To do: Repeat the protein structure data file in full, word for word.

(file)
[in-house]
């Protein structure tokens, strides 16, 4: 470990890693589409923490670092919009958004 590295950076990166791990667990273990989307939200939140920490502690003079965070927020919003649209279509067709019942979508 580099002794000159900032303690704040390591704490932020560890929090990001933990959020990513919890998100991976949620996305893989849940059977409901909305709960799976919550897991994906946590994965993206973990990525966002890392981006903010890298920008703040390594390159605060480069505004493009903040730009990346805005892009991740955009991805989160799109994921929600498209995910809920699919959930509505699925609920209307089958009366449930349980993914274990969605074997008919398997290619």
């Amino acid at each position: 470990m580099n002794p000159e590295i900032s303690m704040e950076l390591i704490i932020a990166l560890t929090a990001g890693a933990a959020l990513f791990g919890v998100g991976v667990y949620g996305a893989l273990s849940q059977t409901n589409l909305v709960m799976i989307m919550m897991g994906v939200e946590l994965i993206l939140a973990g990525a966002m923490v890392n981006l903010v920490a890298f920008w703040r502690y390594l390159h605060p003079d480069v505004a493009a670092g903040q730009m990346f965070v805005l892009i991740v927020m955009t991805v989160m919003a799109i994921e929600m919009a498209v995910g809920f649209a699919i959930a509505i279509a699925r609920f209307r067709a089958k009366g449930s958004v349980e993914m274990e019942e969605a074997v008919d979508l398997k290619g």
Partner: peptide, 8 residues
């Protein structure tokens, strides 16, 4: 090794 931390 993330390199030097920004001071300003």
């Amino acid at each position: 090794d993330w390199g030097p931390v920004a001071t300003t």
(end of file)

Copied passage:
[in-house]
């Protein structure tokens, strides 16, 4: 470990890693589409923490670092919009958004 590295950076990166791990667990273990989307939200939140920490502690003079965070927020919003649209279509067709019942979508 580099002794000159900032303690704040390591704490932020560890929090990001933990959020990513919890998100991976949620996305893989849940059977409901909305709960799976919550897991994906946590994965993206973990990525966002890392981006903010890298920008703040390594390159605060480069505004493009903040730009990346805005892009991740955009991805989160799109994921929600498209995910809920699919959930509505699925609920209307089958009366449930349980993914274990969605074997008919398997290619």
């Amino acid at each position: 470990m580099n002794p000159e590295i900032s303690m704040e950076l390591i704490i932020a990166l560890t929090a990001g890693a933990a959020l990513f791990g919890v998100g991976v667990y949620g996305a893989l273990s849940q059977t409901n589409l909305v709960m799976i989307m919550m897991g994906v939200e946590l994965i993206l939140a973990g990525a966002m923490v890392n981006l903010v920490a890298f920008w703040r502690y390594l390159h605060p003079d480069v505004a493009a670092g903040q730009m990346f965070v805005l892009i991740v927020m955009t991805v989160m919003a799109i994921e929600m919009a498209v995910g809920f649209a699919i959930a509505i279509a699925r609920f209307r067709a089958k009366g449930s958004v349980e993914m274990e019942e969605a074997v008919d979508l398997k290619g």
Partner: peptide, 8 residues
């Protein structure tokens, strides 16, 4: 090794 931390 993330390199030097920004001071300003």
């Amino acid at each position: 090794d993330w390199g030097p931390v920004a001071t300003t």